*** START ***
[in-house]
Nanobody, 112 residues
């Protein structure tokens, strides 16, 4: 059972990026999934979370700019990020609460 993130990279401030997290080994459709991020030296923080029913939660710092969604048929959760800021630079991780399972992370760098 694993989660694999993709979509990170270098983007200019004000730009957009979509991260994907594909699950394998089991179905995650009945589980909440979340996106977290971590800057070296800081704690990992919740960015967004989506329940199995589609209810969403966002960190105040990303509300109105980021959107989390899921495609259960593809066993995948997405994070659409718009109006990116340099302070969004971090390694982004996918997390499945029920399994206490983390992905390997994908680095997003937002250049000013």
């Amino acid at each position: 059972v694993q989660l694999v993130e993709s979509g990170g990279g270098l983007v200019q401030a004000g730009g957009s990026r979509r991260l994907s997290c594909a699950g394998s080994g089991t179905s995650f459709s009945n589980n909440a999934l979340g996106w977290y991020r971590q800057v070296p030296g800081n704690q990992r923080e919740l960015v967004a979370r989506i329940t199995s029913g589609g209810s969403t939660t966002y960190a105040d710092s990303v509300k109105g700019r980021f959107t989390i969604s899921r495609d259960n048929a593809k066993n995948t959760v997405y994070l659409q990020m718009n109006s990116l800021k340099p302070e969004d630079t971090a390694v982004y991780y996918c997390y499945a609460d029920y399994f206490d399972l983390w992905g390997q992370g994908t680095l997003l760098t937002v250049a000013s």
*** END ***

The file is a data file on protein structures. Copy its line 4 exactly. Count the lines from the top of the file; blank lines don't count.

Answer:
């Amino acid at each position: 059972v694993q989660l694999v993130e993709s979509g990170g990279g270098l983007v200019q401030a004000g730009g957009s990026r979509r991260l994907s997290c594909a699950g394998s080994g089991t179905s995650f459709s009945n589980n909440a999934l979340g996106w977290y991020r971590q800057v070296p030296g800081n704690q990992r923080e919740l960015v967004a979370r989506i329940t199995s029913g589609g209810s969403t939660t966002y960190a105040d710092s990303v509300k109105g700019r980021f959107t989390i969604s899921r495609d259960n048929a593809k066993n995948t959760v997405y994070l659409q990020m718009n109006s990116l800021k340099p302070e969004d630079t971090a390694v982004y991780y996918c997390y499945a609460d029920y399994f206490d399972l983390w992905g390997q992370g994908t680095l997003l760098t937002v250049a000013s």